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Confessions of an anti-collaborator

Confessions of an anti-collaborator

I have a confession I must make:

When I was in highschool and undergrad, I HATED collaborative group work. Absolutely HATED it. But I'm recovering.

This likely has several causes, one of them being I was always a painfully shy and introverted child, and forced socialization was my worst nightmare. The other reason I hated groupwork was because I was always a straight-A student, and I was always paired with the failing student that needed help. The teacher would always talk to me about it beforehand, and frame it as a philanthropic effort, and probably give me an extra sticker. But what happened? I would end up doing ALL the work because I was never brave enough to trust the other student with my grade. Combine that with my horrific fear of talking to people, and you have a recipe for a nightmare.

At "Collaboration by Difference" with Fiona Barnett and Cathy Davidson, I was most struck by Prof. Davidson's comment that we have been TRAINED since kindergarten to work individually with a narrowly focused attention (and trained to ignore all the gorillas in the room). She mentioned how its funny that we must be TOLD to work collaboratively, but young children must be TOLD to work independantly. I felt so robbed! I wonder if I was raised working collaboratively, would I have had the same horrific fear of group work in high school and most of undergrad? How can we undo 18 years of focused attention and independant learning? How are we perpetuating this independant mindset in the university?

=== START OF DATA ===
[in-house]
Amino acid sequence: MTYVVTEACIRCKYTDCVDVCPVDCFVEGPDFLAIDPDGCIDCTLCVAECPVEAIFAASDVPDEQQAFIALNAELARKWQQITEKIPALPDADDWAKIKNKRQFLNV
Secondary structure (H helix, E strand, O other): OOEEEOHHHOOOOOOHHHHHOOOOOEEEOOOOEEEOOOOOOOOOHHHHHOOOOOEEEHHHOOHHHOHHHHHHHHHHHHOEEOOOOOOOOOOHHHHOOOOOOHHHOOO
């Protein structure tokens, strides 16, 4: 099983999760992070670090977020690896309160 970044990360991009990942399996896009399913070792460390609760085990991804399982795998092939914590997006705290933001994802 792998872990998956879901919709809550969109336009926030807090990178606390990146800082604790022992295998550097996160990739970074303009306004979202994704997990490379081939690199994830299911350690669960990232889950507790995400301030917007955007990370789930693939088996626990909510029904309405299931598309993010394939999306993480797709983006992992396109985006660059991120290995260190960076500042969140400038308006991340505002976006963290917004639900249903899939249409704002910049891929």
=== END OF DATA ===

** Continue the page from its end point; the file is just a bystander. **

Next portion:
There has been research done showing that learners retain most information when teaching others. This strategy is far under-used by college professors because it is a very high-stakes strategy for both instructors and students. Its difficult for the instructor to completely let go of control of the classroom, and difficult for the student to confidently instruct their peers. However, I think this is one of those things where it is so so difficult the first time, and exponentially easier and easier in the future. I think if I had been thrown into a high school or college classroom and forced to teach my peers, I would have quickly overcome my horrific fear of group work, because I would immediately see that my peers DO have great knowledge to bring to the table (to my shock and surprise!). This holds students accountable for their own learning, and helps them to work through the more difficult material in ways that may not have been brought up in a traditional lecture format.

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5 comments

Molly, I complete sympathize with your past feelings and experiences with collaborations. I think the type of person that generally ends up in academia (straight-A and type-A) is also exactly the type of person that has a difficult time collaborating. It is extremely difficult to let go of the reigns when you know that if you completed a project yourself it would be 'A material.' However, I think we need to let go of this idea of creating work worthy of an A grade. And we may even need to let go of the A grade (or any grade) in general. For one thing, the type of work that is successful in your average school setting (grade school, high school, and even college) tends to be incredibly boring and predictable. Yes, it fulfills the requirements, but does it fulfill our potential? I think the answer to that is a resounding "NO." And that is exactly why I came to the workshop today--because I have come to the conclusion that I am only going to reach my potential by being open to other points of view and other methodologies. To do this I think we need to acknowledge our own failings. We're only human--we can't know everything. Why not take advantage of the vast knowledge that our peers both within and outside of academia have? Even if every collaboration is not 100% successful, I am sure that it will be a superb learning experience for all involved.